West Virginia: Golf at The Greenbrier

The 16th on The Snead Course


“Taking the waters.” It’s a notion that harkens to another time, when the rich and famous went to the country for the restorative effects of the mineral springs found there.

The spirit of modern spas and resorts owes much to these springs, one of the first of which was the one at White Sulphur Springs, West Virginia, where wellness seekers first arrived in 1778.

The sulphur springs still form the backbone for the spa at The Greenbrier, which has grown to become one of the most prestigious golf resorts in the country. Set in the Allegheny Mountains, the 6,500-acre Greenbrier now boasts not only 721 rooms,  but also dozens of activities including horseback riding and cooking classes, and 54 holes, including an 18 designed by one of the founders of golf in the United States.

That layout is the Old White, which opened in 1914. The course was designed by Charles Blair Macdonald, who previously had laid out the historic Chicago Golf Club, the first 18-hole course in the U.S., and the National Golf Links of America on Long Island, the country’s first great course. In 1895 Macdonald was also the winner of the first U.S. Amateur, which at the time held far more importance than the U.S. Open.

Like many of Macdonald’s layouts, Old White features the template holes that he imported from the British Isles, including Redan, Alps and Eden. These holes are timeless classics, testing both course management and execution regardless of whether you are playing with hickory and gutta percha or titanium and polyurethane.

Macdonald’s longtime associate Seth Raynor designed the resorts second course, the Greenbrier, which opened in 1924. After a Jack Nicklaus redesign in 1977, the course hosted the Ryder Cup just two years later. (The third course, called Meadows, was renovated in 1999.)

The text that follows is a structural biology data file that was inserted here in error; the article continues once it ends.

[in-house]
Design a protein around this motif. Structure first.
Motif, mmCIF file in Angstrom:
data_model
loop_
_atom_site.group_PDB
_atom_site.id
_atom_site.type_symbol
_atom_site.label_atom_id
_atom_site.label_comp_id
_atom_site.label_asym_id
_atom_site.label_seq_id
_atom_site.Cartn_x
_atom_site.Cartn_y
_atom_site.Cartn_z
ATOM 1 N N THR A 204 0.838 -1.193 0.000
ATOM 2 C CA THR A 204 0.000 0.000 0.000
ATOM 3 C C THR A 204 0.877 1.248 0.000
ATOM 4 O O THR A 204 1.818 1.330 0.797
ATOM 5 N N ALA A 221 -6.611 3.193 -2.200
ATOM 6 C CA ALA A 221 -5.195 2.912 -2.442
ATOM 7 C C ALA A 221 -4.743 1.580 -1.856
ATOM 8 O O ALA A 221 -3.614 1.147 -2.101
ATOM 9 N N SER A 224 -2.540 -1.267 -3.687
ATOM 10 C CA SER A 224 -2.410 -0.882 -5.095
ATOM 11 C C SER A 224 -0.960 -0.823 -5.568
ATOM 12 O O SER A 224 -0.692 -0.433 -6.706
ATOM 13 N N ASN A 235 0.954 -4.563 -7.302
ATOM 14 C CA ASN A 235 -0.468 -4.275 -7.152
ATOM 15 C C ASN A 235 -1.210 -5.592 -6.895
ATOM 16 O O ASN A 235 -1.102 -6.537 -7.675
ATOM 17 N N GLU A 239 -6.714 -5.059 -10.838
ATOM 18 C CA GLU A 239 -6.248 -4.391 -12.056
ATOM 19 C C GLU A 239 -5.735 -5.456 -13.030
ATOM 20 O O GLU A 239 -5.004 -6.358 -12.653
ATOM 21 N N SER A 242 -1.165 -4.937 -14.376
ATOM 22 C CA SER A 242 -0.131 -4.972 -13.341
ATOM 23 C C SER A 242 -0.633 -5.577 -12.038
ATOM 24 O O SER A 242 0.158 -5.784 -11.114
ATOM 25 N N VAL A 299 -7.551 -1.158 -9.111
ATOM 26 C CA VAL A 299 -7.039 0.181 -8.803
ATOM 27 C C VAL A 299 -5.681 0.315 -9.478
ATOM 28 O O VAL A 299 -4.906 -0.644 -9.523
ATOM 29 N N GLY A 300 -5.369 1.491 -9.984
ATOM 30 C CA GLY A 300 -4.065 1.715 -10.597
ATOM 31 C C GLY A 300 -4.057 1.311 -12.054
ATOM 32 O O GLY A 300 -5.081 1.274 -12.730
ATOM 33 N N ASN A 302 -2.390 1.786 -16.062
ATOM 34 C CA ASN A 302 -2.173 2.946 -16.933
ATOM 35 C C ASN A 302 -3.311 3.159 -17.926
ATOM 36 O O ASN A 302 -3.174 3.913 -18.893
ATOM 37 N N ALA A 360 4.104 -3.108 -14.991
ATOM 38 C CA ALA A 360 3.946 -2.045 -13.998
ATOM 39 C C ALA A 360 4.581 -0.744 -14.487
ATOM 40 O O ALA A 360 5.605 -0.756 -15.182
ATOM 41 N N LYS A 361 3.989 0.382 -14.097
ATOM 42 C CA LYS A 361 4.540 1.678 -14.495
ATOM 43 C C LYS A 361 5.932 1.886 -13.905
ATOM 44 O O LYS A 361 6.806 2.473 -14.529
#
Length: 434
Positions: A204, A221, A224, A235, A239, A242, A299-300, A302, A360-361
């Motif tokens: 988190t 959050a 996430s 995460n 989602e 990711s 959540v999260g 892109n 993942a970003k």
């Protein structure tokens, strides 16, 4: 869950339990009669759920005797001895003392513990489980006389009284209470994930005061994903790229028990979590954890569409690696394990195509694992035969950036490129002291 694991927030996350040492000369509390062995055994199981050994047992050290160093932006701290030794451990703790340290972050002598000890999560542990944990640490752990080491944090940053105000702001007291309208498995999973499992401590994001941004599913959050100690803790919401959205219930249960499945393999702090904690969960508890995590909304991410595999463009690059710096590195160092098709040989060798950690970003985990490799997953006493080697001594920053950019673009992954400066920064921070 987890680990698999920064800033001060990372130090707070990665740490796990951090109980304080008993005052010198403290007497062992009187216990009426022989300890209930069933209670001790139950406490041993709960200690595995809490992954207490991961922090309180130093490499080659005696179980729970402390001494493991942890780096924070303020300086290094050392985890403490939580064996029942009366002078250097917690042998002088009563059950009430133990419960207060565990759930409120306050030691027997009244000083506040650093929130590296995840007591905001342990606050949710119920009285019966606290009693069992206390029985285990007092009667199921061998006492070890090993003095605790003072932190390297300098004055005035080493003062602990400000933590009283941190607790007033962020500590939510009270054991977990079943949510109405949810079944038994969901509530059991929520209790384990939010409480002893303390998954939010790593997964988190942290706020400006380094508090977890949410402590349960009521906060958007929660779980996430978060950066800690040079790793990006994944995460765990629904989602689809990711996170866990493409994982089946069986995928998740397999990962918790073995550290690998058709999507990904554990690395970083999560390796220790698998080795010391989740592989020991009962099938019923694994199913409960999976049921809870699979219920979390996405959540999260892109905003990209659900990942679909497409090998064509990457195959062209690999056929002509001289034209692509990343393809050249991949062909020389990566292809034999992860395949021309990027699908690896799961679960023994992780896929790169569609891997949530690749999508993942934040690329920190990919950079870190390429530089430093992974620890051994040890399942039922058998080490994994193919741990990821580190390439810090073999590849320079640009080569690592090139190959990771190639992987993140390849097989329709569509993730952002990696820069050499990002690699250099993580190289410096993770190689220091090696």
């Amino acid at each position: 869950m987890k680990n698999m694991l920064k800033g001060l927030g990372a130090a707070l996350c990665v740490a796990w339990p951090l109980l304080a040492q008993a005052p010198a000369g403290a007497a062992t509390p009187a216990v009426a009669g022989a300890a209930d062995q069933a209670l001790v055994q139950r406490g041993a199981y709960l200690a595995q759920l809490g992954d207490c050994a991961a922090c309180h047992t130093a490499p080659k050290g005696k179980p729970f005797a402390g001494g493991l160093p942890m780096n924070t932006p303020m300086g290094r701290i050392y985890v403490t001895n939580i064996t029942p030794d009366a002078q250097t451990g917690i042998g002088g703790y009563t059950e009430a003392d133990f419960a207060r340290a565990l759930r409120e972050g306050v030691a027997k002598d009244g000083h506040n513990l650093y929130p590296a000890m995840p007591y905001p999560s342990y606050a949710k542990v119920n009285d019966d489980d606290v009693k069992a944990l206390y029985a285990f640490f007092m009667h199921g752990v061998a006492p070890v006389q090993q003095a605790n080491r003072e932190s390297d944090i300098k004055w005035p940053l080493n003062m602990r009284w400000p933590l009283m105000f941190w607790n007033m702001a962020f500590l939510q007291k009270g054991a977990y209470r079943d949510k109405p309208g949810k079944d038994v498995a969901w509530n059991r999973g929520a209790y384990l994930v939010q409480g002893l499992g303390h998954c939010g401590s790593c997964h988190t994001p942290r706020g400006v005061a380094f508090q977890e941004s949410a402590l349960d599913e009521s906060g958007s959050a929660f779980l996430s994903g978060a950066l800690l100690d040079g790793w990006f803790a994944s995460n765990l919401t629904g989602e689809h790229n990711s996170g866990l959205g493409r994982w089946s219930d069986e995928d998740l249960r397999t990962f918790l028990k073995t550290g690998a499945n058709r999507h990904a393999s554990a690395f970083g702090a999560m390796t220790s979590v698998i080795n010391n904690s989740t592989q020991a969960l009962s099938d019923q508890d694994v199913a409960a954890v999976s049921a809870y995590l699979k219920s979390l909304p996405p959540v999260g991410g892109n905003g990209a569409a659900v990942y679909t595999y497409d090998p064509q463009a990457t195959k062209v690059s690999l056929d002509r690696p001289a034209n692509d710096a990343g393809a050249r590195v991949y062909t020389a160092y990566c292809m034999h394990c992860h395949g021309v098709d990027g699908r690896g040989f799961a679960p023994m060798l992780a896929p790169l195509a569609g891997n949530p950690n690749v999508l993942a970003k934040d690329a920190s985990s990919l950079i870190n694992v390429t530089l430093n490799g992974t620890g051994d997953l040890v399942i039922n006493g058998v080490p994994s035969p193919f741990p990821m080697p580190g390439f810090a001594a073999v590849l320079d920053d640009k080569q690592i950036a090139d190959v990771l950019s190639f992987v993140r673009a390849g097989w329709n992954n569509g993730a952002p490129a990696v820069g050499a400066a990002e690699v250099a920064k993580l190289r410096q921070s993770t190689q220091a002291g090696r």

In addition to hosting many famous golf visitors from Ben Hogan to Arnold Palmer to Dwight Eisenhower, the Greenbrier was the longtime home for Sam Snead, who was the resort’s golf professional. Tom Watson currently holds this position.

But to come to the Greenbrier just for the golf or the waters is to miss out on numerous opportunities for recreation and relaxation. Even hardcore golfers should make time for the resort’s unique amenities. After all how many resorts offer falconry classes or an off-road driving school?

And no resort anywhere has a hazard to compare with the bunker, which was built during the Cold War as a backup facility for the U.S. government and was kept secret and in a state of constant readiness for more than three decades. Since the government ended the lease agreement in 1995, visitors have been able to take tours of the massive underground complex, which was designed to accommodate more than 1,000 government workers, including the entire Congress, in case of a nuclear attack on the nation’s capital.

A tour of this fascinating piece of American history no doubt will give you a new perspective the next time you hit a shot into the sand at Old White or Greenbrier. Compared to the one under the hotel, getting out of a greenside bunker is a cinch.

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